char as it is in C++), but paragraph 6 of section 6.4.5 "String
literals" of the C standard specifically states that attempts to
modify a string literal cause undefined behavior.

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See also this question/answer from the comp.lang.c FAQ:

16.6 Why does the code "char *p = "hello, world!"; p[0] = 'H';" crash?
http://www.eskimo.com/~scs/C-faq/q16.6.html

--
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Home: http://JK-Technology.Com
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Re: Bug found in GCC-AVR/ AVRStudio
snipped-for-privacy@spamcop.net says...
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Yep, I didn't say it made sense.  It really was the type I was referring
to.  The fact that the literal is a plain char type ( and not a const)
implies that it is writeable.  The fact that it isn't, is shall we say,
counter-intuitive.  It's a bit of the past hanging around though.

A good lint will catch this but only to so many levels of indirection.  
At some point they get lost.

And you are of course right, you aren't supposed to write to the literal.  

Robert



Re: Bug found in GCC-AVR/ AVRStudio
snipped-for-privacy@junk.aeolusdevelopment.cm says...
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Hmm, that sounds a little petulant.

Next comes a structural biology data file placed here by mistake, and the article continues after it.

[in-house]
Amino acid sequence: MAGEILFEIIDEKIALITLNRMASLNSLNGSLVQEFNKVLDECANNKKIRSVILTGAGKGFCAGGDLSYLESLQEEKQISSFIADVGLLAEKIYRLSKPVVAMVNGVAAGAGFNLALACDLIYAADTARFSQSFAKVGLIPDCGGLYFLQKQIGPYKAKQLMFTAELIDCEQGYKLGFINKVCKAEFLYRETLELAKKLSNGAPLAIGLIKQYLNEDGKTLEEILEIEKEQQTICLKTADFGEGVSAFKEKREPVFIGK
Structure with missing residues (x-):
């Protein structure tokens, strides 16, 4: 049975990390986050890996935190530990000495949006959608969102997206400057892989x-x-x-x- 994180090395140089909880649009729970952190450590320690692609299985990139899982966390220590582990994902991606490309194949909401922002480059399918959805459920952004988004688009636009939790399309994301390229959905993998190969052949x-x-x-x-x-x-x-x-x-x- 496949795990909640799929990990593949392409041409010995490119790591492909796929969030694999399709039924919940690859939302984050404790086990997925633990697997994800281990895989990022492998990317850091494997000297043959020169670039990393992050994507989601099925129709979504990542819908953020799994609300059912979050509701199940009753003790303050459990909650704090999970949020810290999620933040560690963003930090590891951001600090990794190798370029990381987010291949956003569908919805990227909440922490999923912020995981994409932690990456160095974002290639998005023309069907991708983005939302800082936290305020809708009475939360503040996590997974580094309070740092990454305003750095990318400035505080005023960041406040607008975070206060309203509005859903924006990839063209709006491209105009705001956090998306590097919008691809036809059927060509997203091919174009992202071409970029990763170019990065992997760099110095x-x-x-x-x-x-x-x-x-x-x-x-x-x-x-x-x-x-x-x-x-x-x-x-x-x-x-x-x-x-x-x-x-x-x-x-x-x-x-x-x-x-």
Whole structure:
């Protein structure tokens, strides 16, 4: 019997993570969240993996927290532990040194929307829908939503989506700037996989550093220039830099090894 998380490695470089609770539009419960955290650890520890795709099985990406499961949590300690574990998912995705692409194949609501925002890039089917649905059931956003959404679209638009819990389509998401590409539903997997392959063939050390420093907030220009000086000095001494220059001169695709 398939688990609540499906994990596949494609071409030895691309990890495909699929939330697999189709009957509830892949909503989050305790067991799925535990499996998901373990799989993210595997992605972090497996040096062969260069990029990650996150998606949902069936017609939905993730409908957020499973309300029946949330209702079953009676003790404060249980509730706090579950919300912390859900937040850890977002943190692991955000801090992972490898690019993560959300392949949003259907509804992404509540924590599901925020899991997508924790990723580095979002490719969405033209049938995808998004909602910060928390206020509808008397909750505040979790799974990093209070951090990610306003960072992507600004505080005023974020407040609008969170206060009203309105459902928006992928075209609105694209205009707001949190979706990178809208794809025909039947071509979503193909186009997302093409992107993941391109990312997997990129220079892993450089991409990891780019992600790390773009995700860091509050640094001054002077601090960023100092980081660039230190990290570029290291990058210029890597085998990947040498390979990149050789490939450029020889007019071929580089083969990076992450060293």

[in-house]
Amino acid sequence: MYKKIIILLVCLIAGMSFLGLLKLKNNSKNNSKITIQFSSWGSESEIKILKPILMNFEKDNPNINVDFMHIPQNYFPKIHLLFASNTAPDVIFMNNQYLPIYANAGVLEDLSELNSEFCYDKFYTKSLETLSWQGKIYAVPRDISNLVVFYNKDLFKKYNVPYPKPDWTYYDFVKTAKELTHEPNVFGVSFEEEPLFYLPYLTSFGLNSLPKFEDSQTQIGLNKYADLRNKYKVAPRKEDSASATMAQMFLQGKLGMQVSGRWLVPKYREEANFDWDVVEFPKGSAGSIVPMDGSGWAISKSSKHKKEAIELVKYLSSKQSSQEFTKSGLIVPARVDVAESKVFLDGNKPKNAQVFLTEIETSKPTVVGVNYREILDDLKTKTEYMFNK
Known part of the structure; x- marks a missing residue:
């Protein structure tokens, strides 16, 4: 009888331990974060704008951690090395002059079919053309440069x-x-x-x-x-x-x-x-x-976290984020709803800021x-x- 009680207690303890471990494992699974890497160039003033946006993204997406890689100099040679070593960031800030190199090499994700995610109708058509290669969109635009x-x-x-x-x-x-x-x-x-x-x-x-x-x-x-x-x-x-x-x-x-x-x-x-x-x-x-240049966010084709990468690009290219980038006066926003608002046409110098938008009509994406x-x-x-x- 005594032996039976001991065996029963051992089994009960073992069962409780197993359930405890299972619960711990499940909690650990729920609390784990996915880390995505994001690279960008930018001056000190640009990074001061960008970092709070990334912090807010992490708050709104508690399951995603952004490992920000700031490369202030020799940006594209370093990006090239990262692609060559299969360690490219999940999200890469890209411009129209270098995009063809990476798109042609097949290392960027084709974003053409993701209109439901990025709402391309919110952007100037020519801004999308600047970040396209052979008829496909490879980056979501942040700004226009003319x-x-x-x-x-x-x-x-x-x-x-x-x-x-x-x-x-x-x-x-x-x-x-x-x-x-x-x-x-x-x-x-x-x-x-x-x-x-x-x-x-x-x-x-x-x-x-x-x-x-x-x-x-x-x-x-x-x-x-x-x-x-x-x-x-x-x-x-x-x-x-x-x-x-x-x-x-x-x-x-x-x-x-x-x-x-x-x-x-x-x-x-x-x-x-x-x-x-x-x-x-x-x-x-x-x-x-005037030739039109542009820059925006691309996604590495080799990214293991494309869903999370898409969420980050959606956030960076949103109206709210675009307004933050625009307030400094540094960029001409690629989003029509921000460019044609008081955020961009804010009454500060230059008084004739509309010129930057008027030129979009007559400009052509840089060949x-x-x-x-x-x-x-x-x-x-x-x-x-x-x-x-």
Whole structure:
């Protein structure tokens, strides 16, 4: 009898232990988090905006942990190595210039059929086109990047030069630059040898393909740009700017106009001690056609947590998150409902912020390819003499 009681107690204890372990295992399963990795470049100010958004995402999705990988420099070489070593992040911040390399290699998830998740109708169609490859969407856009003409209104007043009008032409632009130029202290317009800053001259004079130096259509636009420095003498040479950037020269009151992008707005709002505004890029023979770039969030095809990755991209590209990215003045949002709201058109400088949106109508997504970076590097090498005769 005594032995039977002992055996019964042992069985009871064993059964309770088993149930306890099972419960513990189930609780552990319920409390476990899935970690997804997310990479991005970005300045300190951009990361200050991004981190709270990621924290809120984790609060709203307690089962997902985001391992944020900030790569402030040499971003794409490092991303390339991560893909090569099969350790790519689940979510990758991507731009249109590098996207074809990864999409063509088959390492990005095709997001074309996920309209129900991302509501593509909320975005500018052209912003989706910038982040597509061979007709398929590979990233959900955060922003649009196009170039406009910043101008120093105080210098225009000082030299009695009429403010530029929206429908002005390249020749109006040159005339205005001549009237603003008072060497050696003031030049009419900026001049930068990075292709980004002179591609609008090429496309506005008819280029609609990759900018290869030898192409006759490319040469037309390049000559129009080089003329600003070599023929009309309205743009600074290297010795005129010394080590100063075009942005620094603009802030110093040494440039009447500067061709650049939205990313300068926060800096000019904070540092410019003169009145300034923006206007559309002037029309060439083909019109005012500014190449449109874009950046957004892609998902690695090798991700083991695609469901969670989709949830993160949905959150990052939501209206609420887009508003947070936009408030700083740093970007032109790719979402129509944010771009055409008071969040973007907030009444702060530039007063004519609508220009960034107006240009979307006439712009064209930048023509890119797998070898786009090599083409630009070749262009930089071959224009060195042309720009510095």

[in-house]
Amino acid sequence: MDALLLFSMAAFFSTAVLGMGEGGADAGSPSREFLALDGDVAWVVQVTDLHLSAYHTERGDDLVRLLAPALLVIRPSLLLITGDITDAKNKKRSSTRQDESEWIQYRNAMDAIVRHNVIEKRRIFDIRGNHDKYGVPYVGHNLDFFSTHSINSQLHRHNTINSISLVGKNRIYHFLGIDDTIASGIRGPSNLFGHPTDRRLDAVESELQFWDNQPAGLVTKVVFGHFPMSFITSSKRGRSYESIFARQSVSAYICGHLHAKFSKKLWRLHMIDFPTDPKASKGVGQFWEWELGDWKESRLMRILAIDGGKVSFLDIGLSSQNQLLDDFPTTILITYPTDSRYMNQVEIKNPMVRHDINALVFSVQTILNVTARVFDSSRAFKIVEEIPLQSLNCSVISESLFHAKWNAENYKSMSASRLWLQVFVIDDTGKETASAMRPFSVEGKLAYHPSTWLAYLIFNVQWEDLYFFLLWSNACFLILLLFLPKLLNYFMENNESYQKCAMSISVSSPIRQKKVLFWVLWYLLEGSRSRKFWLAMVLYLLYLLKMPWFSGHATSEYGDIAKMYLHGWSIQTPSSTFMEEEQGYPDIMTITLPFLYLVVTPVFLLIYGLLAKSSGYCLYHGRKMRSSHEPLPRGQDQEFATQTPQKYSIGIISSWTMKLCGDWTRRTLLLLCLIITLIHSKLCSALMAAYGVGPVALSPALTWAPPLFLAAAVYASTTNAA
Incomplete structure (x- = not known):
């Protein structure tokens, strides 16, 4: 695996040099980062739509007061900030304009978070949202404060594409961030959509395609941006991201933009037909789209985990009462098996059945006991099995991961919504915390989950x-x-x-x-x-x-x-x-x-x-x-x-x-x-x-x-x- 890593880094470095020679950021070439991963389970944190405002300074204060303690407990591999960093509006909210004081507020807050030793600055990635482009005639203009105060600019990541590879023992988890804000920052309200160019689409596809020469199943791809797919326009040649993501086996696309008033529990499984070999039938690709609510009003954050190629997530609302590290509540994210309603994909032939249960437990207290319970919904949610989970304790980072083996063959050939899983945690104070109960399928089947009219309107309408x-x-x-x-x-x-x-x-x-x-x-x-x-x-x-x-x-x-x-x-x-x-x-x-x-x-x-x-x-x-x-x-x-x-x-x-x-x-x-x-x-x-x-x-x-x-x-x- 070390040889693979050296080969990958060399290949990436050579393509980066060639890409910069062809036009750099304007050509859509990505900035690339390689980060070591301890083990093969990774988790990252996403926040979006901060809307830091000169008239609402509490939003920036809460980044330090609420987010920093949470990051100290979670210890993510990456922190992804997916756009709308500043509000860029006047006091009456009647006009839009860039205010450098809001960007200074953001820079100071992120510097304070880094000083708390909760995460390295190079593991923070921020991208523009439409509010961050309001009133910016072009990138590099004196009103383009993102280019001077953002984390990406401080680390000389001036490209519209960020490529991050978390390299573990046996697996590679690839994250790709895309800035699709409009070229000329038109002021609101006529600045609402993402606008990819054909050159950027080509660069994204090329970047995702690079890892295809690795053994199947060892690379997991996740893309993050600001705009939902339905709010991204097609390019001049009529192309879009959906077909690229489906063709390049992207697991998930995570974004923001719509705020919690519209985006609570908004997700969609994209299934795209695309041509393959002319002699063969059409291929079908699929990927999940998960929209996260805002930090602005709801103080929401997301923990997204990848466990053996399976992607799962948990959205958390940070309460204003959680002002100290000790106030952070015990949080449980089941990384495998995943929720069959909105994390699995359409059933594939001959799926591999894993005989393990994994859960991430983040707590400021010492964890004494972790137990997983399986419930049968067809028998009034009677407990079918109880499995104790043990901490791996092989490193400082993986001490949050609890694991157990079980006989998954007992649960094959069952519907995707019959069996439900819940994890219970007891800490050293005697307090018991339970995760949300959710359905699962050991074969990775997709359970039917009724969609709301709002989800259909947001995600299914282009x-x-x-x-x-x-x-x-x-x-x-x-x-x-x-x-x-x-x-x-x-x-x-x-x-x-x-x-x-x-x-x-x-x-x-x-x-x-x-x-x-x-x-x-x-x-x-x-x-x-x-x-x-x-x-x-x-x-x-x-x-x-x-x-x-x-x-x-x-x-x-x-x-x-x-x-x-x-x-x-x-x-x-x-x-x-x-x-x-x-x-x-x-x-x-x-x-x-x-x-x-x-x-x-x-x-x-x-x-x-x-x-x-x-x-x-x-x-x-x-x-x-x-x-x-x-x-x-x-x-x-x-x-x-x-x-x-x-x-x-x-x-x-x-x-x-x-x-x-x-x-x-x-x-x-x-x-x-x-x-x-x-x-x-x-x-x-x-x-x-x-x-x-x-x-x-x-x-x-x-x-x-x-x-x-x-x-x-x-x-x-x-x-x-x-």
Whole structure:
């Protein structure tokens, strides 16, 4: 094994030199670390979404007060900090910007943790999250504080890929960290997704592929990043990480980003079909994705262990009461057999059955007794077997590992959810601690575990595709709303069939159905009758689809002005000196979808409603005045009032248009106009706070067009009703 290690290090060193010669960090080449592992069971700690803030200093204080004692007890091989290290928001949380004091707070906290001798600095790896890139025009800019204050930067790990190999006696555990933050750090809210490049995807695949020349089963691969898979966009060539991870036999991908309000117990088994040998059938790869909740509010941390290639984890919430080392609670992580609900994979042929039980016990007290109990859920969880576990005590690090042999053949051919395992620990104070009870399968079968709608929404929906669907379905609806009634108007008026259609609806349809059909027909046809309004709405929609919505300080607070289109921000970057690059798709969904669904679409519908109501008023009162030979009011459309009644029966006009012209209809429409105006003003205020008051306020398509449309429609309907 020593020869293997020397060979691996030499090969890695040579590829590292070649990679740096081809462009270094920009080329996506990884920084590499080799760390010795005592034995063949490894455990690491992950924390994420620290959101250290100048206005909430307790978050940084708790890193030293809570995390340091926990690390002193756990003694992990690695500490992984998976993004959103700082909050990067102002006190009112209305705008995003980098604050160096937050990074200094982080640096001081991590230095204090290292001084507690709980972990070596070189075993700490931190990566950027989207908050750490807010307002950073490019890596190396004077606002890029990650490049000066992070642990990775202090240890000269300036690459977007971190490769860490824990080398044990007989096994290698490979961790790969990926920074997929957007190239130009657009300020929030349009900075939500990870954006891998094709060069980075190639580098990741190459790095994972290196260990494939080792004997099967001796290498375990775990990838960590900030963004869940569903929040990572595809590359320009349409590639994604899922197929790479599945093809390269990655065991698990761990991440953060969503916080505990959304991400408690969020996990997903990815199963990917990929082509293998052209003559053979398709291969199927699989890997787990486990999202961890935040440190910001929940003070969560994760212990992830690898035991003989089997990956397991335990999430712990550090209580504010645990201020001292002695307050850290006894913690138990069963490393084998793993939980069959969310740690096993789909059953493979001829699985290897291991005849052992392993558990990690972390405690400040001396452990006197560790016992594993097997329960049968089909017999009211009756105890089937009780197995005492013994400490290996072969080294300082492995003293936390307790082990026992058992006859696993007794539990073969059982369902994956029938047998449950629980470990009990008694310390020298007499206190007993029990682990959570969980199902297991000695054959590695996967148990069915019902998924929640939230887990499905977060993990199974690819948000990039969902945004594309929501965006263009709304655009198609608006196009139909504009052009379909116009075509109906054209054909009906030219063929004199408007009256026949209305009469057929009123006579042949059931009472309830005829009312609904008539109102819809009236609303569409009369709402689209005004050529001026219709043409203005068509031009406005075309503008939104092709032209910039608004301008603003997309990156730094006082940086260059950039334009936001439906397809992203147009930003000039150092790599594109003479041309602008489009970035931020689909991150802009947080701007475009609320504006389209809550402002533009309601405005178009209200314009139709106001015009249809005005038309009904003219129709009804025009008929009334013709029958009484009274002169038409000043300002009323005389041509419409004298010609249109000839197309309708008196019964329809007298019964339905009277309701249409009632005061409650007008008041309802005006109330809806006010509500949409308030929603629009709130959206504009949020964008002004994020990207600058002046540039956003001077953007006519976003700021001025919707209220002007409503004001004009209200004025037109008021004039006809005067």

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This should really be the core of the response.

Robert

Re: Bug found in GCC-AVR/ AVRStudio
On Mon, 17 Jan 2005 23:48:38 -0500, R Adsett

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There's a very simple reason for this.  String literals were part of
the C language a good 15 years before the 1989 standard added the
'const' keyword, so that was 15 years worth of existing code that
would have been broken.

In fact, even in C++ where string literals do have the type array of
const char, they break the type system and allow the address of a
string literal to be assigned to a pointer to mutable char, just
because there is so much existing code.

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Someday somebody will invent the perfect computer programming
language.  It might be you.  For sure, I've given up on the idea that
it will be me!

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Re: Bug found in GCC-AVR/ AVRStudio
snipped-for-privacy@spamcop.net says...
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Nah, I'd probably do something silly like re-invent APL.

Robert

Re: Bug found in GCC-AVR/ AVRStudio
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Yep - the number 1 write-only language.

--

Tauno Voipio
tauno voipio (at) iki fi


Re: Bug found in GCC-AVR/ AVRStudio
On Mon, 17 Jan 2005 08:36:51 +0100, David

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You are absolutely wrong about what the C standard does and does not
specify.

You are right about the fact that C does not guarantee that any object
will be stored in memory that is physically unwriteable by a program.